Other “Surprise Egg” Toys

 

(Last Updated: 23 September 2009)

 

This brand-new section of the NZ Kinder Surprise Collectors’ Site details some other toys that I have in the “surprise egg” genre. Kinder Surprise might be the best-known “surprise egg” brand, but it has plenty of competitors, especially in Europe. Below are some of the “surprise egg” toys that have found their way into my collection over the years.

 

ARCOR TOYS (ARGENTINA)

 

Who Makes Them: An Argentine candy and chocolate maker called Arcor (www.arcor.com.ar).

Where To Find in NZ: Not widely distributed here as far as I know. I just stumbled across a few in a local dairy one time, but since then, I have never seen them again.

Identification: The eggs look much like Kinder Surprise ones, but have the word TOYS on them. The toys themselves are unmarked with anything other than the word “CHINA”, so would be difficult to identify as Arcor toys unless you got them straight from the egg or their papers were included with them. The papers generally have some Spanish writing. Click here for a scan of some Arcor papers.

Likes/Dislikes: The papers are rather nice, although they don’t tend to have assembly instructions. The toys themselves are all right, but not up to the standard of Kinder Surprise or other European “surprise egg” toys. One major irritation is that the papers don’t always seem to match up with the toys. That’s really quite sloppy. The extreme paucity of information available about these toys is also frustrating. Even the official site reveals next to nothing.

Toys in My Collection: I currently have five Arcor toys. There are two planes with gold bodies and propellers (one has a yellow propeller while the other has a blue one). They appear to belong to a set called “Helices Doradas” (Golden Propellers). Then there are two balancing birds—one with a snake and the other with a sort of monument. These came with papers showing farm animals and the words “Rompecabezas de la Granja” (Farm Puzzles”), but quite clearly do not belong with this set. Last but not least, I have a yellow shovel-nose tractor from a set called “Zona de Construcción” (Construction Zone), which appears to be one of four toys in that particular set.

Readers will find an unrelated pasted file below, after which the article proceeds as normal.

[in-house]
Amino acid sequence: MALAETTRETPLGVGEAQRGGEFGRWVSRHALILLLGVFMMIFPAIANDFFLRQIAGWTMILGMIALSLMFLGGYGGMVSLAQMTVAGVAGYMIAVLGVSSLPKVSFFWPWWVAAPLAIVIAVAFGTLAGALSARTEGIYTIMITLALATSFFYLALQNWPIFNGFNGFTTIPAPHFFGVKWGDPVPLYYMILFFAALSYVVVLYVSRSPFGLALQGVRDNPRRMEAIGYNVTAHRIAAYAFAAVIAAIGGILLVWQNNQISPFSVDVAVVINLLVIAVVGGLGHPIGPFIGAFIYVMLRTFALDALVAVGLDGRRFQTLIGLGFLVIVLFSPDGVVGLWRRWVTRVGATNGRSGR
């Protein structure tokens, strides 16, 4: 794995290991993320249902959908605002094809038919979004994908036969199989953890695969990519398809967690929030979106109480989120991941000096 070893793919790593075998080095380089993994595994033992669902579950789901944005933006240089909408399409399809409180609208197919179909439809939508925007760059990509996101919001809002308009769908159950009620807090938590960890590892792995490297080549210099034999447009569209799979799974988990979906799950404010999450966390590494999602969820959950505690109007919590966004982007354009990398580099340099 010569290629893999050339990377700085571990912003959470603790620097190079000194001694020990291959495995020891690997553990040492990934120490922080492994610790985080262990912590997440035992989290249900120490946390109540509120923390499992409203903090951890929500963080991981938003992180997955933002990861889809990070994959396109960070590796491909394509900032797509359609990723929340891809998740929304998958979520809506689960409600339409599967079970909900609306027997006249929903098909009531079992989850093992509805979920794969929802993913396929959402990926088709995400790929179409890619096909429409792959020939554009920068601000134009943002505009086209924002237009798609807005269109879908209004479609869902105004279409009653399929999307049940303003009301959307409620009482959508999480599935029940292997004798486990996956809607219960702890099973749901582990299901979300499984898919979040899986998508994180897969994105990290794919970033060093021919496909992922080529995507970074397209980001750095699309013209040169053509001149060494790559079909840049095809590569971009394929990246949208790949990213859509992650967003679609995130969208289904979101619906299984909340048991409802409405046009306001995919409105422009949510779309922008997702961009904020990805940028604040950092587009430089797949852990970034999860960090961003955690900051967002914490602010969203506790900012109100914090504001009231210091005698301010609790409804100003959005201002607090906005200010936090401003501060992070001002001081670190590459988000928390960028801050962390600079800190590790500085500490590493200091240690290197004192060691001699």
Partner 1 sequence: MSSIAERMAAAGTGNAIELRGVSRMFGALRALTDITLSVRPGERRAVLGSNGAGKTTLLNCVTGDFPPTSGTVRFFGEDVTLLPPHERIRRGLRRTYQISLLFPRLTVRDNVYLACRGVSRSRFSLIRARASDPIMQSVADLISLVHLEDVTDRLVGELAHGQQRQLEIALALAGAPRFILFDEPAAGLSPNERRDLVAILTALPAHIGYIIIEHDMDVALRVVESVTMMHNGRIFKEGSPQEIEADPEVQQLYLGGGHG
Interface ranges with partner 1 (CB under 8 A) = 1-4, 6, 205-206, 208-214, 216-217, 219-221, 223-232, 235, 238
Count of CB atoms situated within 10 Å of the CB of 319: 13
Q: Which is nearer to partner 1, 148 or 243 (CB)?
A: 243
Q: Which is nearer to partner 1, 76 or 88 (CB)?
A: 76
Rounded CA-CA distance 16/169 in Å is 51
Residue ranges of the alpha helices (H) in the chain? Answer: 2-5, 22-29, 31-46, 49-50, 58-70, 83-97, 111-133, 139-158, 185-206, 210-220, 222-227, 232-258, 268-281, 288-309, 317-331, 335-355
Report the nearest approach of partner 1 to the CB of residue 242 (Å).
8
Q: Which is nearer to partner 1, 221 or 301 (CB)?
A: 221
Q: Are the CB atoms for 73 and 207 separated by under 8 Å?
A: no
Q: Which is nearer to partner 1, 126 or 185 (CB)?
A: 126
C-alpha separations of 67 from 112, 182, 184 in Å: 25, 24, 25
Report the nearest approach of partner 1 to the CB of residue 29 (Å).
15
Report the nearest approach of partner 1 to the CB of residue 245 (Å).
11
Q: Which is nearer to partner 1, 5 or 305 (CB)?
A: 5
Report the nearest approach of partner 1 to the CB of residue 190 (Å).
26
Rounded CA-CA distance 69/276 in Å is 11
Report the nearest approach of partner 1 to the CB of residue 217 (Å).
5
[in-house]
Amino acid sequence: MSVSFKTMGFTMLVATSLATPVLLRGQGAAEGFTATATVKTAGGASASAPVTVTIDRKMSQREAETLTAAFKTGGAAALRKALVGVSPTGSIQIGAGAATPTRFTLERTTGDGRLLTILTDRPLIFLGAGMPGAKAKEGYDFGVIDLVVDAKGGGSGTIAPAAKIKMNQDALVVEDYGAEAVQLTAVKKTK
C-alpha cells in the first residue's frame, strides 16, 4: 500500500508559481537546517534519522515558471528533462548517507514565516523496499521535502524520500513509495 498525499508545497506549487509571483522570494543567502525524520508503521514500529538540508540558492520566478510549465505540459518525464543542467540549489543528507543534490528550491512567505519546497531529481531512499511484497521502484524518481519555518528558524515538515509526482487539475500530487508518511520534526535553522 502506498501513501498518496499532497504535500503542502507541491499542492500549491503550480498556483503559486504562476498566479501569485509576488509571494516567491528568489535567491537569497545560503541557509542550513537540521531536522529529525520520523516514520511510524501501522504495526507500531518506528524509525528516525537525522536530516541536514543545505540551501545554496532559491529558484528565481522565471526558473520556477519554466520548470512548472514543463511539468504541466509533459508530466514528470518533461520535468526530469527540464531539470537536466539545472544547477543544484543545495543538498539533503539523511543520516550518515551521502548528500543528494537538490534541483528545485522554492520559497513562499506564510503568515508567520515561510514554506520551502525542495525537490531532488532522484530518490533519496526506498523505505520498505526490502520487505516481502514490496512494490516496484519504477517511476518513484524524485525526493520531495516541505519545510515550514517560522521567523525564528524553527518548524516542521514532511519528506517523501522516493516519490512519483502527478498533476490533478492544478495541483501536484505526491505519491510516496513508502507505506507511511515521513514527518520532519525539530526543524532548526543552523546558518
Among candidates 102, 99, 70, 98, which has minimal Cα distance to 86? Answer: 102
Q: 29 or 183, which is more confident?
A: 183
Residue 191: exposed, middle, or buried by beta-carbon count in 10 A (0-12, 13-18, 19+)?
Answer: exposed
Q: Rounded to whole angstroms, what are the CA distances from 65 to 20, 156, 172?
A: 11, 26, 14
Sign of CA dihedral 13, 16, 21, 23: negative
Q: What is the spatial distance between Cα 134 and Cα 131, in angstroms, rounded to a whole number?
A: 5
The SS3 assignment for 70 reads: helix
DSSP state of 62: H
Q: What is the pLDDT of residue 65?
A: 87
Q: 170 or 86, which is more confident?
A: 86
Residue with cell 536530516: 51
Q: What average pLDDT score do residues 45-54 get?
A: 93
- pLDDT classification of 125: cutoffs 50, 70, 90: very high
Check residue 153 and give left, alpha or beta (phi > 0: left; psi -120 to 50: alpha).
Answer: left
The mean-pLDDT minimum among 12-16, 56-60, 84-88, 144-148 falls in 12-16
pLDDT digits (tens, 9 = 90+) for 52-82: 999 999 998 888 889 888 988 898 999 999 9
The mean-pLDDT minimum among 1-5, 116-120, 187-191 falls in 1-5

BOFROST* (GERMANY)

 

Who Makes Them: A German confectionary company called bofrost* (the asterisk seems to be part of the company name). Actually, who made them might be more precise here, as I can find no record of bofrost* toys released after 1998, and the bofrost* site makes no reference to its surprise  egg toys.

Where to Find in NZ: bofrost* toys are not available in NZ, and as far as I know, they never were available under the actual bofrost* name.

Identification: All bofrost* toys seem to be solid ones. But your best bet is to acquire a catalogue like the SU Verlag one for Kinder Surprise toys (which features some other surprise egg toys at the back).

Likes/Dislikes: The quality is generally very good. Information about the toys is rather scarce, but is in rather better supply than the info about Arcor Toys.

Toys in My Collection: I have just one bofrost* toy that I know of, which is “Jumbo Judoka”, an elephant judoka from the 1997 “Tierische Sporties” set. I got this out of an Easter egg, which I think I bought from a Deka store in 1998.

 

SCHWIND (GERMANY)

 

Who Makes Them: As with bofrost*, Schwind toys are no longer made, but were produced in the mid to late-1990s by a German outfit called, well, Schwind.